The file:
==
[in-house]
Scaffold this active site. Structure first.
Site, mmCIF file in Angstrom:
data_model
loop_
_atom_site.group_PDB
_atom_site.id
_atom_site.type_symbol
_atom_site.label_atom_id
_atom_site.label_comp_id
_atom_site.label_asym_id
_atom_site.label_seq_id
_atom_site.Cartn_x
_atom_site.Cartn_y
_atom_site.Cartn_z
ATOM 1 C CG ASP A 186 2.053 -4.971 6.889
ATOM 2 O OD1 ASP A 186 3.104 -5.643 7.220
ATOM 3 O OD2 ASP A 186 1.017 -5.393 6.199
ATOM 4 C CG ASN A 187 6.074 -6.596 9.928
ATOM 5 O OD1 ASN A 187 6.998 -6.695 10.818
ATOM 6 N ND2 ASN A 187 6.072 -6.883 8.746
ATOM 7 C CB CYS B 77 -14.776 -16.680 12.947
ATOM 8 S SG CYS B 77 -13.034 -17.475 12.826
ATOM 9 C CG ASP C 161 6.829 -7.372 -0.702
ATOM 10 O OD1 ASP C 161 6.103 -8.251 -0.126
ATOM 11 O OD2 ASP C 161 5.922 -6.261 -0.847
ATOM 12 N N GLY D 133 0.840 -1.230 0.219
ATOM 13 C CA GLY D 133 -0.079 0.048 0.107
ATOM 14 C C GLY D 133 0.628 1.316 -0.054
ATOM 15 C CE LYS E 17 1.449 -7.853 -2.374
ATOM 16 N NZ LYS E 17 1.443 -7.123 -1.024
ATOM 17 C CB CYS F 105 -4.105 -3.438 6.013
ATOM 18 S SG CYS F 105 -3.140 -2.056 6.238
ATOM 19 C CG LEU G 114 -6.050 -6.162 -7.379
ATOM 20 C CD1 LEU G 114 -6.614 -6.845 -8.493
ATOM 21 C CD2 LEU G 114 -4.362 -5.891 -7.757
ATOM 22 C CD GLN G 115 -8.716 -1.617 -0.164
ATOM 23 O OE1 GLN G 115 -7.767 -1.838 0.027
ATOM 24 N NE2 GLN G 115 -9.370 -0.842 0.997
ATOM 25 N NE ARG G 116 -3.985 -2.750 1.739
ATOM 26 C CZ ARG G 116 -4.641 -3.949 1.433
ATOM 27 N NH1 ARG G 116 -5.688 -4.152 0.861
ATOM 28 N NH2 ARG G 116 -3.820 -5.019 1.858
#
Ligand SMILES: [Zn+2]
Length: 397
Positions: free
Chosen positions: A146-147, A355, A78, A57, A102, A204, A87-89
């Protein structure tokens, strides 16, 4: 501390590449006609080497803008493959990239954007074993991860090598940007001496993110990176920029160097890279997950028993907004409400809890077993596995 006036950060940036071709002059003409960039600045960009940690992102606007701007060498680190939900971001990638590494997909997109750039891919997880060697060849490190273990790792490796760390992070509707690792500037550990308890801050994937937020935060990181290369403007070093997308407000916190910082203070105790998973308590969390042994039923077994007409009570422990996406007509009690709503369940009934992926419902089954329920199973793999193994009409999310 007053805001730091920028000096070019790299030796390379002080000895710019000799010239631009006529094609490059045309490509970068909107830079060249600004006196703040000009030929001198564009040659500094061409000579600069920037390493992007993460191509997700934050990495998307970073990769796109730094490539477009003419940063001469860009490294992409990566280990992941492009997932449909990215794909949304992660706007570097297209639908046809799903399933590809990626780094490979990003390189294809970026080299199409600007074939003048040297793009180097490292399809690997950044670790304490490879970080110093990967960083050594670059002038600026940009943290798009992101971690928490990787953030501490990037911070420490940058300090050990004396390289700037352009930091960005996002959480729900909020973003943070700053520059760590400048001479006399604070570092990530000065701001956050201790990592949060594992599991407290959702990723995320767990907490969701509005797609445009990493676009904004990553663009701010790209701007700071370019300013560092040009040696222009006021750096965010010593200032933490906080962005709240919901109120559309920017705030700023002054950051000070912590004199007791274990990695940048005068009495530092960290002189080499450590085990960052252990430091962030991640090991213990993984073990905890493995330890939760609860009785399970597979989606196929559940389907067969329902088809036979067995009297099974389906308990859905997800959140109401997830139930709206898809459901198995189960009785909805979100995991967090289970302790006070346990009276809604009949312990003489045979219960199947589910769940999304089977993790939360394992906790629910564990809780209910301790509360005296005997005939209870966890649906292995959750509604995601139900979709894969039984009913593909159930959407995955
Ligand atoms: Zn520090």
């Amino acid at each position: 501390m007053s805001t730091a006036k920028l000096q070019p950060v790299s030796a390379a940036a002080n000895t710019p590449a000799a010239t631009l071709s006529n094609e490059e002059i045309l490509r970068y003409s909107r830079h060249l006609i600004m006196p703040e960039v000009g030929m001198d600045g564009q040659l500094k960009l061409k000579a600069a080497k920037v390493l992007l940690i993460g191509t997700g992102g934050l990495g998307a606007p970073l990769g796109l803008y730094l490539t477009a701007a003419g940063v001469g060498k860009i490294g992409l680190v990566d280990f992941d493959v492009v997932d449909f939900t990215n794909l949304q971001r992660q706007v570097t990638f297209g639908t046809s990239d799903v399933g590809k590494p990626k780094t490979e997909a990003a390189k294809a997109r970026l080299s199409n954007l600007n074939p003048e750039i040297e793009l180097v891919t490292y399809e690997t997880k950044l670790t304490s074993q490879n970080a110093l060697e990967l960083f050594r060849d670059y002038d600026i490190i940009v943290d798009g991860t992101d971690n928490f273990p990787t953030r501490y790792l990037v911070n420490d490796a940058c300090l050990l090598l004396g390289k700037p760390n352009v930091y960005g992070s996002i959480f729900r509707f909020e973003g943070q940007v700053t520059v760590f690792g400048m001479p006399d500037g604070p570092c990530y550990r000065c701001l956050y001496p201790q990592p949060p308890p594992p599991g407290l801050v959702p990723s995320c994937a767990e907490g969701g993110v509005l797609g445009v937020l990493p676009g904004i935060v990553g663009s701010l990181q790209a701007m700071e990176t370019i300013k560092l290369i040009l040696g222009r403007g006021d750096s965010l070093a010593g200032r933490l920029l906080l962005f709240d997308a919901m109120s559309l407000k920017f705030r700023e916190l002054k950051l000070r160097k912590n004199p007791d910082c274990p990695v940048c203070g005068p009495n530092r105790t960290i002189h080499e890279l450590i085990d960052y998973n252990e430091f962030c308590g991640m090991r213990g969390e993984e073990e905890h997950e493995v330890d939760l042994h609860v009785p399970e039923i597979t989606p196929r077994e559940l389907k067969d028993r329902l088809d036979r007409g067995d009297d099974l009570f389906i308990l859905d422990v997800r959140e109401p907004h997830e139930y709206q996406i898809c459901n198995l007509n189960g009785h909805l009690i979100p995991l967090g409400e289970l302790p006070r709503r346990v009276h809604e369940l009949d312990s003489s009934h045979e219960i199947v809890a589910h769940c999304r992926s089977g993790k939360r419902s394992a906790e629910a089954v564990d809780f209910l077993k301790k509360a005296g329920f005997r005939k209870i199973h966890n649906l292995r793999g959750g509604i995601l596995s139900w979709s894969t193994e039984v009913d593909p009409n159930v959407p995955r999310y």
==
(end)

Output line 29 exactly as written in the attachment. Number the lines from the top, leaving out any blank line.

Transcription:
ATOM 14 C C GLY D 133 0.628 1.316 -0.054